Miss Eager's Precocious Charge

About the time that Alix was expecting her third child-another daughter, Marie-an Irish governess by the name of Miss Margaret Eagar was engaged. Miss Eagar immediately became very fond of Olga and Tatiana, as she would of Marie and the eventual fourth daughter, Anastasia. In her 1906 book, Six Years at the Russian Court, she recounts numerous anecdotes, many of them centered on the young Grand Duchess Olga. Among the personality traits she noted in her oldest charge, and which would become all the more prominent as Olga matured, were a strong interest in the outside world, a stubborn streak tempered by compassion, and a complete devotion to her father.

One day, Miss Eagar relates, while she and the Grand Duchess were out driving along the Nevsky Prospect, Olga "was not good. I was speaking to her, trying to induce her to sit down quietly, when suddenly she did so, folding her hands in front of her. In a few seconds she said to me, 'Did you see that policeman?'" Miss Eagar told her the policeman would not bother her. Olga replied, "But this one was writing something; I was afraid he might have been writing 'I saw Olga, and she was very naughty.'" Miss Eager said this would be highly unlikely, but Olga reminded her-"rather reproachfully"-that some time before she had seen a drunken woman arrested in the street, and had asked Miss Eagar to tell the police not to hurt her. Miss Eagar, however, had refused to interfere, saying that "the woman was naughty and the police quite right in taking her." Miss Eagar responded to this irrefutable fact by stating that a person had to be quite big and very naughty before the police would take that person to prison. Nevertheless, upon returning home Olga asked everyone if a policeman had come by while she was out, then recounted the entire story to her father. Had her father ever been a prisoner? she asked. The Emperor answered that he had never been quite naughty enough to go to prison, where upon Olga replied with much admiration, "Oh! How very good you must have been!"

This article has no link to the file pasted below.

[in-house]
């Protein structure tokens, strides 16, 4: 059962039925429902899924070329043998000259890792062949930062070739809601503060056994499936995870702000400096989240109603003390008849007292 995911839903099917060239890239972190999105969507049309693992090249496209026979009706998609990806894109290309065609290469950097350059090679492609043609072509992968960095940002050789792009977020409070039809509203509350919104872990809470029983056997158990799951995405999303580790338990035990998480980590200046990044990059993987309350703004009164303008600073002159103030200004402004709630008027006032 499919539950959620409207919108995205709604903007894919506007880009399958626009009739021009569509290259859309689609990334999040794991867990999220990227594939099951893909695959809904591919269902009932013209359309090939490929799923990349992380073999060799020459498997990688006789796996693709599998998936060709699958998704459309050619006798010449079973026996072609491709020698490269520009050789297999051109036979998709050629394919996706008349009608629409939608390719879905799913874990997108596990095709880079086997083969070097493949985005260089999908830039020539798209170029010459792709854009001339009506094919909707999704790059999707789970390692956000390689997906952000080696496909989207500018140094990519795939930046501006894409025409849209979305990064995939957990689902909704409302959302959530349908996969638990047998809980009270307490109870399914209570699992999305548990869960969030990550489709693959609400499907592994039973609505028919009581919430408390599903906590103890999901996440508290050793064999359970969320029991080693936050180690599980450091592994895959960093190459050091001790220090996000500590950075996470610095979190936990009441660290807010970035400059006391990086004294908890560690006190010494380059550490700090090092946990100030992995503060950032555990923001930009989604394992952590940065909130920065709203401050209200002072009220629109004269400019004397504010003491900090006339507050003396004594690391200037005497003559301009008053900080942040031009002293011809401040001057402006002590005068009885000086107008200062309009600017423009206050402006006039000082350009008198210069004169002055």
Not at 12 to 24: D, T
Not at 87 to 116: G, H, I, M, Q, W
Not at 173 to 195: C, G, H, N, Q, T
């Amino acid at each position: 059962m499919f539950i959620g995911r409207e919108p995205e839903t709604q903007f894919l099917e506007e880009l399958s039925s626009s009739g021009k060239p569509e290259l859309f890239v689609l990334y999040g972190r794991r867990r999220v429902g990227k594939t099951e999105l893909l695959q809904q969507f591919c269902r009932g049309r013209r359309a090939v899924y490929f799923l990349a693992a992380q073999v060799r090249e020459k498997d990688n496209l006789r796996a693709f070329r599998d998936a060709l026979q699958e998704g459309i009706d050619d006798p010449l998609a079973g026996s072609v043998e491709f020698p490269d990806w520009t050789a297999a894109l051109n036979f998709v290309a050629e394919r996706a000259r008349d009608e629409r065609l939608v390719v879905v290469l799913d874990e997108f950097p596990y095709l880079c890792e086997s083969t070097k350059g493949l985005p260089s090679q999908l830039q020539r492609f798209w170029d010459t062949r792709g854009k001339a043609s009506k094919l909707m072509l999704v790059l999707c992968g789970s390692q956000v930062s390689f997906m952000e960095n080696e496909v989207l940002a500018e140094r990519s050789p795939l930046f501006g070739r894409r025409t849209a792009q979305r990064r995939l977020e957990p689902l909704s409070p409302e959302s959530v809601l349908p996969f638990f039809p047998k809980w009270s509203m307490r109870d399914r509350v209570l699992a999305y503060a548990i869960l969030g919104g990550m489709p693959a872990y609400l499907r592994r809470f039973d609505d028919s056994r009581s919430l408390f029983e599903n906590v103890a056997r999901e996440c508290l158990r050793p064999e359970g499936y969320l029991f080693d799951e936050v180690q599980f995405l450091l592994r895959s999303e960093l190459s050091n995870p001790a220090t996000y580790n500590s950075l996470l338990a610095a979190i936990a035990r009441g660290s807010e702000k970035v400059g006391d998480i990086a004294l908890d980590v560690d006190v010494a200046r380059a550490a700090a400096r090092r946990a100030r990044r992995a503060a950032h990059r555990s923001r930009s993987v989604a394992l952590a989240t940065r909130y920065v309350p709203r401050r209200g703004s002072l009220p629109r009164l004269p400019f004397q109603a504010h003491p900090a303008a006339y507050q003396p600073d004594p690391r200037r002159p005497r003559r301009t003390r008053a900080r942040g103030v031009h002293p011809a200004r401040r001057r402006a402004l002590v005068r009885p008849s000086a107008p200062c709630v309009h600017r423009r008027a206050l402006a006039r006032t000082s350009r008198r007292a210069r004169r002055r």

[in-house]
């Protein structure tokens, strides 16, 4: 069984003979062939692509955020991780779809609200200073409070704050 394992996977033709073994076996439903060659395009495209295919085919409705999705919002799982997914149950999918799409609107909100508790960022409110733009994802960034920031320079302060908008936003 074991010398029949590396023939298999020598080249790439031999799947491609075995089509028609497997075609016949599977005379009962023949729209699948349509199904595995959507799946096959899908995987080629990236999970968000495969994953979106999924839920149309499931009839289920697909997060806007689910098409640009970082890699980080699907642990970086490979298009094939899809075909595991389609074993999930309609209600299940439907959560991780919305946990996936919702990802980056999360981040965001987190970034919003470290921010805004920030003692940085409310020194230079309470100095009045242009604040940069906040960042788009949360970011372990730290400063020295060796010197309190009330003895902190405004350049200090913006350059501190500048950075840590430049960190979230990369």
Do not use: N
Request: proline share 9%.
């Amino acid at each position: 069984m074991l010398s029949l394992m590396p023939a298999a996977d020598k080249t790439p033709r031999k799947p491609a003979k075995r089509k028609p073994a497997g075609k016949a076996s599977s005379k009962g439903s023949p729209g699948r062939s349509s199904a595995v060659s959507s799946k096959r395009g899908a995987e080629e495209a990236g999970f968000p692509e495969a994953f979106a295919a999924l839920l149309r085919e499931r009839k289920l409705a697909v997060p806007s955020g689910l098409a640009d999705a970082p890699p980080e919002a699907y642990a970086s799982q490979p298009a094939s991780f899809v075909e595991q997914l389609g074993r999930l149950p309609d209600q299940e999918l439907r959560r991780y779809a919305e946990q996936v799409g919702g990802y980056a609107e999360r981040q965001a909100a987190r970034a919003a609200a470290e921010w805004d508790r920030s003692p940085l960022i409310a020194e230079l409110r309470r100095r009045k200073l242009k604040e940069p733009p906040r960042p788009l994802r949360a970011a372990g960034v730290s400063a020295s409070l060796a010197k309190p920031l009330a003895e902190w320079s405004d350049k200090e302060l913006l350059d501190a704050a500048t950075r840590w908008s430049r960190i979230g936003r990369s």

Generosity also was becoming a hallmark of Olga's personality. During a visit to Darmstadt in the fall of 1899, Olga, her slightly older cousin Elizabeth (Ella) and two-year-old Tatiana were escorted by Miss Eagar to a local toyshop. The children had been told they might select toys for both themselves and as gifts. After looking at everything, however, Olga chose the smallest toy, then refused to consider any other acquisitions. Finally Miss Eagar took her aside and asked why she wasn't buying more. Olga responded, "But the beautiful toys belong to some other little girls, I am sure; and think how sad they would be if they came home and found we had taken them while they were out."

Still, Olga was showing signs of the frankness that so many later would remark as being a strong part of her character. When her mother decided to have portraits painted, the artist informed her that rather than paint from photographs he must paint her children from life. "Even to paint their frocks he insisted upon them sitting to him for three or four hours each day," Miss Eagar relates. "Of course the poor children got very impatient, and one day the little Grand Duchess Olga lost her temper and said to the artist, 'You are a very ugly man, and I don't like you a bit!'" Olga

For her father, however, Olga felt quite the opposite. As a Christmas gift-and despite Miss Eagar's expressed misgivings-the little grand duchess decided to make a potholder for her Papa. "When Christmas came, " Miss Eagar remembered, "she presented it to her father, saying, 'Nana is afraid it won't be much use to you, but you can put it on your table for a mat, or hang it on the wall for a picture.'"

Early Tragedy

In September 1903 Nicky, Alix, and their children-now a quartet of comely little girls-traveled to Darmstadt to witness the wedding of Princess Alice of Battenberg to Prince Andrew of Greece. All four girls were overjoyed to see their cousin Ella, whose parents, Uncle Ernie and Aunt Ducky, had since divorced. Ella, as an only child, also longed for their company, and it was decided that after the wedding festivities Uncle Ernie and Ella would accompany the Romanovs to the Skernevetski hunting lodge in Poland. The children loved romping around together, but when Ella-who was eight months older than Olga-was allowed to stay up late one night to see the day's game, Olga grumbled at having to go to bed at the usual time. Ella quickly said, "Oh dear Olga, don't be angry, you will often see it again, but I-never again!"